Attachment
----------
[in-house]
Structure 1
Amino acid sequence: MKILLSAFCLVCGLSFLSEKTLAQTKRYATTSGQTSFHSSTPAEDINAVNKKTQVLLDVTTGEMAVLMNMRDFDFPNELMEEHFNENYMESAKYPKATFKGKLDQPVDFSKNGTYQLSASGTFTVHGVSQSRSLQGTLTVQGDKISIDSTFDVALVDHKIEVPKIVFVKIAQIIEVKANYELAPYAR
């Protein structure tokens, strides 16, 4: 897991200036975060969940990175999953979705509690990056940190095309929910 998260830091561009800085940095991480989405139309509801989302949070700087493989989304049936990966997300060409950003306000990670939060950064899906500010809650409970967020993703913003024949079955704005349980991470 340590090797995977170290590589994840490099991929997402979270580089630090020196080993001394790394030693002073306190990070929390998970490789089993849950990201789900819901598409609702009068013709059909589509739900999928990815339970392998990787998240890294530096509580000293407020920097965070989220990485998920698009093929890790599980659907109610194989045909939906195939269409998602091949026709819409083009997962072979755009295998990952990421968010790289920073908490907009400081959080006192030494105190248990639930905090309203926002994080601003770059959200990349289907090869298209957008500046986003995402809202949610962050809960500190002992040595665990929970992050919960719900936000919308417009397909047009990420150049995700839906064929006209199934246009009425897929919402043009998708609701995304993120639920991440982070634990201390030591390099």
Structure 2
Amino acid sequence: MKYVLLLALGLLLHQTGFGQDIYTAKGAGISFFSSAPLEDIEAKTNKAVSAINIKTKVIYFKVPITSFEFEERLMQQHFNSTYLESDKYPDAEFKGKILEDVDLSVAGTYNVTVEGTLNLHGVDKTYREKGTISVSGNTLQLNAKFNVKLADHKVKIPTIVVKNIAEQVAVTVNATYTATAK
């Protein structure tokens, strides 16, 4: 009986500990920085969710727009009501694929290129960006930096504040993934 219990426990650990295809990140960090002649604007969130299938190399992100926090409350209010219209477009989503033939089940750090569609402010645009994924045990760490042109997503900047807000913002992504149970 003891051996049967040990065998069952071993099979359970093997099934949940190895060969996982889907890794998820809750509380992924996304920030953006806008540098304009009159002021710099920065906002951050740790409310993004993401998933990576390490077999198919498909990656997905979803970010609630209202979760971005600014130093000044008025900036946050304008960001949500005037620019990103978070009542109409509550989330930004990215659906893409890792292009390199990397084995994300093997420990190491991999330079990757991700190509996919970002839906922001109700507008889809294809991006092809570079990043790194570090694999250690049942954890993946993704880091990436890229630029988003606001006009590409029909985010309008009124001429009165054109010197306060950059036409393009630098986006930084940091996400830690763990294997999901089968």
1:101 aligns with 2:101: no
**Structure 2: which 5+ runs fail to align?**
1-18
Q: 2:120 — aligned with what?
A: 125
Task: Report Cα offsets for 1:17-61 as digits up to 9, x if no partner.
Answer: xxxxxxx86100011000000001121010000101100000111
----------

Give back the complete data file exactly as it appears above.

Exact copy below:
[in-house]
Structure 1
Amino acid sequence: MKILLSAFCLVCGLSFLSEKTLAQTKRYATTSGQTSFHSSTPAEDINAVNKKTQVLLDVTTGEMAVLMNMRDFDFPNELMEEHFNENYMESAKYPKATFKGKLDQPVDFSKNGTYQLSASGTFTVHGVSQSRSLQGTLTVQGDKISIDSTFDVALVDHKIEVPKIVFVKIAQIIEVKANYELAPYAR
């Protein structure tokens, strides 16, 4: 897991200036975060969940990175999953979705509690990056940190095309929910 998260830091561009800085940095991480989405139309509801989302949070700087493989989304049936990966997300060409950003306000990670939060950064899906500010809650409970967020993703913003024949079955704005349980991470 340590090797995977170290590589994840490099991929997402979270580089630090020196080993001394790394030693002073306190990070929390998970490789089993849950990201789900819901598409609702009068013709059909589509739900999928990815339970392998990787998240890294530096509580000293407020920097965070989220990485998920698009093929890790599980659907109610194989045909939906195939269409998602091949026709819409083009997962072979755009295998990952990421968010790289920073908490907009400081959080006192030494105190248990639930905090309203926002994080601003770059959200990349289907090869298209957008500046986003995402809202949610962050809960500190002992040595665990929970992050919960719900936000919308417009397909047009990420150049995700839906064929006209199934246009009425897929919402043009998708609701995304993120639920991440982070634990201390030591390099």
Structure 2
Amino acid sequence: MKYVLLLALGLLLHQTGFGQDIYTAKGAGISFFSSAPLEDIEAKTNKAVSAINIKTKVIYFKVPITSFEFEERLMQQHFNSTYLESDKYPDAEFKGKILEDVDLSVAGTYNVTVEGTLNLHGVDKTYREKGTISVSGNTLQLNAKFNVKLADHKVKIPTIVVKNIAEQVAVTVNATYTATAK
């Protein structure tokens, strides 16, 4: 009986500990920085969710727009009501694929290129960006930096504040993934 219990426990650990295809990140960090002649604007969130299938190399992100926090409350209010219209477009989503033939089940750090569609402010645009994924045990760490042109997503900047807000913002992504149970 003891051996049967040990065998069952071993099979359970093997099934949940190895060969996982889907890794998820809750509380992924996304920030953006806008540098304009009159002021710099920065906002951050740790409310993004993401998933990576390490077999198919498909990656997905979803970010609630209202979760971005600014130093000044008025900036946050304008960001949500005037620019990103978070009542109409509550989330930004990215659906893409890792292009390199990397084995994300093997420990190491991999330079990757991700190509996919970002839906922001109700507008889809294809991006092809570079990043790194570090694999250690049942954890993946993704880091990436890229630029988003606001006009590409029909985010309008009124001429009165054109010197306060950059036409393009630098986006930084940091996400830690763990294997999901089968």
1:101 aligns with 2:101: no
**Structure 2: which 5+ runs fail to align?**
1-18
Q: 2:120 — aligned with what?
A: 125
Task: Report Cα offsets for 1:17-61 as digits up to 9, x if no partner.
Answer: xxxxxxx86100011000000001121010000101100000111